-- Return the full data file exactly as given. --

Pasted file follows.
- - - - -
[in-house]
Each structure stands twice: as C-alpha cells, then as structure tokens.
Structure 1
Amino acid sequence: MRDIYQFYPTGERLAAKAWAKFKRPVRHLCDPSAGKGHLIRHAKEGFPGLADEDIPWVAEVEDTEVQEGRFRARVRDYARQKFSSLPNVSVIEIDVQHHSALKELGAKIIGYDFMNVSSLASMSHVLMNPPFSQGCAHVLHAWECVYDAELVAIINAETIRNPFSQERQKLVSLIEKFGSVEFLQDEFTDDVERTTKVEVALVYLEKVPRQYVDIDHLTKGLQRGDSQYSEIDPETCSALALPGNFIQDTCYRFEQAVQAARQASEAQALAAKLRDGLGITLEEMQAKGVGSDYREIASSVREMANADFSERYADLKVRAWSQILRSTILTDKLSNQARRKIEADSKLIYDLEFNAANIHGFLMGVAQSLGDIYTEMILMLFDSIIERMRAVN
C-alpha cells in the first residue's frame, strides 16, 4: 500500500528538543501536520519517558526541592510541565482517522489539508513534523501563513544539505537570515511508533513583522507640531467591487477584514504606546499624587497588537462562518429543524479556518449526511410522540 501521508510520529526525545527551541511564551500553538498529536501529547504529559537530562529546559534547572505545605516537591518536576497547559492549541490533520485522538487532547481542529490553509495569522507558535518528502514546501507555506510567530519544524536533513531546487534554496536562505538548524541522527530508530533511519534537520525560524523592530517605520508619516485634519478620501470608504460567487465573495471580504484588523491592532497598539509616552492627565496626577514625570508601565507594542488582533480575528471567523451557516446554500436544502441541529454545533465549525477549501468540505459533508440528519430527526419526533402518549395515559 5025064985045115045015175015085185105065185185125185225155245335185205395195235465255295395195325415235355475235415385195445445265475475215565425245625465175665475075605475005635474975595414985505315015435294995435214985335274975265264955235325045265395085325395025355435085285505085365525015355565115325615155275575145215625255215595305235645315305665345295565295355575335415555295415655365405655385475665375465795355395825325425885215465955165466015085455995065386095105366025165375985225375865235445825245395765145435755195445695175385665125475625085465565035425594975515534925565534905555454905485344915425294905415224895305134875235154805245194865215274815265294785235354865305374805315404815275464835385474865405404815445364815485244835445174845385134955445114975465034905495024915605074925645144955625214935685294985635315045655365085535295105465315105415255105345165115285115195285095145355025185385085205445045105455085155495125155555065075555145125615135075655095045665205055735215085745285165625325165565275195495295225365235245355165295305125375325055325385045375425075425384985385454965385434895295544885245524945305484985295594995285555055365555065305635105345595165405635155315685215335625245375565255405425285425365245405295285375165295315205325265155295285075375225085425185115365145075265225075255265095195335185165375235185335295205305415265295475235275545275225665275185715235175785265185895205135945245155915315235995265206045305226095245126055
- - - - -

[in-house]
Each structure stands twice: as C-alpha cells, then as structure tokens.
Structure 1
Amino acid sequence: MRDIYQFYPTGERLAAKAWAKFKRPVRHLCDPSAGKGHLIRHAKEGFPGLADEDIPWVAEVEDTEVQEGRFRARVRDYARQKFSSLPNVSVIEIDVQHHSALKELGAKIIGYDFMNVSSLASMSHVLMNPPFSQGCAHVLHAWECVYDAELVAIINAETIRNPFSQERQKLVSLIEKFGSVEFLQDEFTDDVERTTKVEVALVYLEKVPRQYVDIDHLTKGLQRGDSQYSEIDPETCSALALPGNFIQDTCYRFEQAVQAARQASEAQALAAKLRDGLGITLEEMQAKGVGSDYREIASSVREMANADFSERYADLKVRAWSQILRSTILTDKLSNQARRKIEADSKLIYDLEFNAANIHGFLMGVAQSLGDIYTEMILMLFDSIIERMRAVN
C-alpha cells in the first residue's frame, strides 16, 4: 500500500528538543501536520519517558526541592510541565482517522489539508513534523501563513544539505537570515511508533513583522507640531467591487477584514504606546499624587497588537462562518429543524479556518449526511410522540 501521508510520529526525545527551541511564551500553538498529536501529547504529559537530562529546559534547572505545605516537591518536576497547559492549541490533520485522538487532547481542529490553509495569522507558535518528502514546501507555506510567530519544524536533513531546487534554496536562505538548524541522527530508530533511519534537520525560524523592530517605520508619516485634519478620501470608504460567487465573495471580504484588523491592532497598539509616552492627565496626577514625570508601565507594542488582533480575528471567523451557516446554500436544502441541529454545533465549525477549501468540505459533508440528519430527526419526533402518549395515559 5025064985045115045015175015085185105065185185125185225155245335185205395195235465255295395195325415235355475235415385195445445265475475215565425245625465175665475075605475005635474975595414985505315015435294995435214985335274975265264955235325045265395085325395025355435085285505085365525015355565115325615155275575145215625255215595305235645315305665345295565295355575335415555295415655365405655385475665375465795355395825325425885215465955165466015085455995065386095105366025165375985225375865235445825245395765145435755195445695175385665125475625085465565035425594975515534925565534905555454905485344915425294905415224895305134875235154805245194865215274815265294785235354865305374805315404815275464835385474865405404815445364815485244835445174845385134955445114975465034905495024915605074925645144955625214935685294985635315045655365085535295105465315105415255105345165115285115195285095145355025185385085205445045105455085155495125155555065075555145125615135075655095045665205055735215085745285165625325165565275195495295225365235245355165295305125375325055325385045375425075425384985385454965385434895295544885245524945305484985295594995285555055365555065305635105345595165405635155315685215335625245375565255405425285425365245405295285375165295315205325265155295285075375225085425185115365145075265225075255265095195335185165375235185335295205305415265295475235275545275225665275185715235175785265185895205135945245155915315235995265206045305226095245126055